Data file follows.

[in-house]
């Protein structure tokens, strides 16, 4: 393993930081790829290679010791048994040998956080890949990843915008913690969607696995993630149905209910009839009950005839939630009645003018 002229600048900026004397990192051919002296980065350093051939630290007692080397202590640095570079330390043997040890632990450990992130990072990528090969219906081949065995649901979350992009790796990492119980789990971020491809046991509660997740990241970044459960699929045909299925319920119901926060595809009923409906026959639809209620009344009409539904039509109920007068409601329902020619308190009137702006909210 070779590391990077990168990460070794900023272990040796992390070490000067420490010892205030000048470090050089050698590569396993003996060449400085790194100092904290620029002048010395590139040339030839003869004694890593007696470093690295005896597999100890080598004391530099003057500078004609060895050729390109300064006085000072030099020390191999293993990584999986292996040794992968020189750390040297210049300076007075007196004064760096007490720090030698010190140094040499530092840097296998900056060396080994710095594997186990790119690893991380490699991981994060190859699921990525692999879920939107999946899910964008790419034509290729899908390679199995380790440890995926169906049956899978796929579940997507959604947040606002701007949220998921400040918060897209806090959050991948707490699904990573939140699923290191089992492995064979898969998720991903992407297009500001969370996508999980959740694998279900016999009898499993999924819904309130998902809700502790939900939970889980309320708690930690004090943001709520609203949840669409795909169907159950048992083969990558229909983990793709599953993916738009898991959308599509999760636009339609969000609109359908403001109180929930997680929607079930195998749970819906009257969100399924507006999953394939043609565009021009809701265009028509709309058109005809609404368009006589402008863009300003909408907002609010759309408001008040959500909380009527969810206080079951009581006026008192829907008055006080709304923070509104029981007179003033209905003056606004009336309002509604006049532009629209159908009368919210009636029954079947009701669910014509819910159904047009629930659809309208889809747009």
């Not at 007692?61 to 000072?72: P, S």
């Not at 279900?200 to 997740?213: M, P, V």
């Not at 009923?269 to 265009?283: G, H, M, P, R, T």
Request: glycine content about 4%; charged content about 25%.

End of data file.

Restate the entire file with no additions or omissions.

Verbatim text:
[in-house]
């Protein structure tokens, strides 16, 4: 393993930081790829290679010791048994040998956080890949990843915008913690969607696995993630149905209910009839009950005839939630009645003018 002229600048900026004397990192051919002296980065350093051939630290007692080397202590640095570079330390043997040890632990450990992130990072990528090969219906081949065995649901979350992009790796990492119980789990971020491809046991509660997740990241970044459960699929045909299925319920119901926060595809009923409906026959639809209620009344009409539904039509109920007068409601329902020619308190009137702006909210 070779590391990077990168990460070794900023272990040796992390070490000067420490010892205030000048470090050089050698590569396993003996060449400085790194100092904290620029002048010395590139040339030839003869004694890593007696470093690295005896597999100890080598004391530099003057500078004609060895050729390109300064006085000072030099020390191999293993990584999986292996040794992968020189750390040297210049300076007075007196004064760096007490720090030698010190140094040499530092840097296998900056060396080994710095594997186990790119690893991380490699991981994060190859699921990525692999879920939107999946899910964008790419034509290729899908390679199995380790440890995926169906049956899978796929579940997507959604947040606002701007949220998921400040918060897209806090959050991948707490699904990573939140699923290191089992492995064979898969998720991903992407297009500001969370996508999980959740694998279900016999009898499993999924819904309130998902809700502790939900939970889980309320708690930690004090943001709520609203949840669409795909169907159950048992083969990558229909983990793709599953993916738009898991959308599509999760636009339609969000609109359908403001109180929930997680929607079930195998749970819906009257969100399924507006999953394939043609565009021009809701265009028509709309058109005809609404368009006589402008863009300003909408907002609010759309408001008040959500909380009527969810206080079951009581006026008192829907008055006080709304923070509104029981007179003033209905003056606004009336309002509604006049532009629209159908009368919210009636029954079947009701669910014509819910159904047009629930659809309208889809747009």
């Not at 007692?61 to 000072?72: P, S």
């Not at 279900?200 to 997740?213: M, P, V």
């Not at 009923?269 to 265009?283: G, H, M, P, R, T």
Request: glycine content about 4%; charged content about 25%.